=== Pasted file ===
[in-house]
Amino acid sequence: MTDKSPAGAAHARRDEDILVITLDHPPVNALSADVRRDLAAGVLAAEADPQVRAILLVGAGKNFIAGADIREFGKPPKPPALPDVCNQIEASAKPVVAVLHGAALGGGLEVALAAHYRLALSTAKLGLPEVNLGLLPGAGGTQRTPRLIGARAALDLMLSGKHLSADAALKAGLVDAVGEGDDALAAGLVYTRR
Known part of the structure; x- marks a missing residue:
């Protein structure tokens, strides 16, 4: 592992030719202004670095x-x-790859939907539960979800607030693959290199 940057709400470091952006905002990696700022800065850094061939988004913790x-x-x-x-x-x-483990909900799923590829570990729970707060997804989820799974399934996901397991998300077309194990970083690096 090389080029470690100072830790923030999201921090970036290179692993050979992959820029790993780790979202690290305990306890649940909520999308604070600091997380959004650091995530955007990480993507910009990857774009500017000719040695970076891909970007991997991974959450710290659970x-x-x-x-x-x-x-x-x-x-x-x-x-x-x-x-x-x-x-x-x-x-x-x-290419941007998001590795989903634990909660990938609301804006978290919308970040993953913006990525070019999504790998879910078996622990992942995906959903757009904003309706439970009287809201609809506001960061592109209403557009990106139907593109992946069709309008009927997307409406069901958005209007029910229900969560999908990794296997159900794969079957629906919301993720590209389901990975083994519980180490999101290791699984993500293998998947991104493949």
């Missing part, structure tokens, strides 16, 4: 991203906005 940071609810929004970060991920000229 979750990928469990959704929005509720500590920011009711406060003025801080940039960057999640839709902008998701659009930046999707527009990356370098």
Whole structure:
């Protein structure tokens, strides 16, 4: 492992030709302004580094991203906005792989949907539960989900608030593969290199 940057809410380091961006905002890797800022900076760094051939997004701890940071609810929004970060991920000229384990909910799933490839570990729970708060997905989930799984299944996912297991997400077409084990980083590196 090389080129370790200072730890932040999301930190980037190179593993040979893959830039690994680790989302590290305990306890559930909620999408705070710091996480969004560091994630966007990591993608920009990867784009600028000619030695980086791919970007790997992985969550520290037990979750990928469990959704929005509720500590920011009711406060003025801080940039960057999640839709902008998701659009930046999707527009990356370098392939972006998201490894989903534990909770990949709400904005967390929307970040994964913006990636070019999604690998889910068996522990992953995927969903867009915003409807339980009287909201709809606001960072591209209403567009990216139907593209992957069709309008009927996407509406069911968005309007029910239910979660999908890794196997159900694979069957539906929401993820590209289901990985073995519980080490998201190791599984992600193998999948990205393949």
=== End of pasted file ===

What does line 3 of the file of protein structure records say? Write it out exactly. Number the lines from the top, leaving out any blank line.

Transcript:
Known part of the structure; x- marks a missing residue: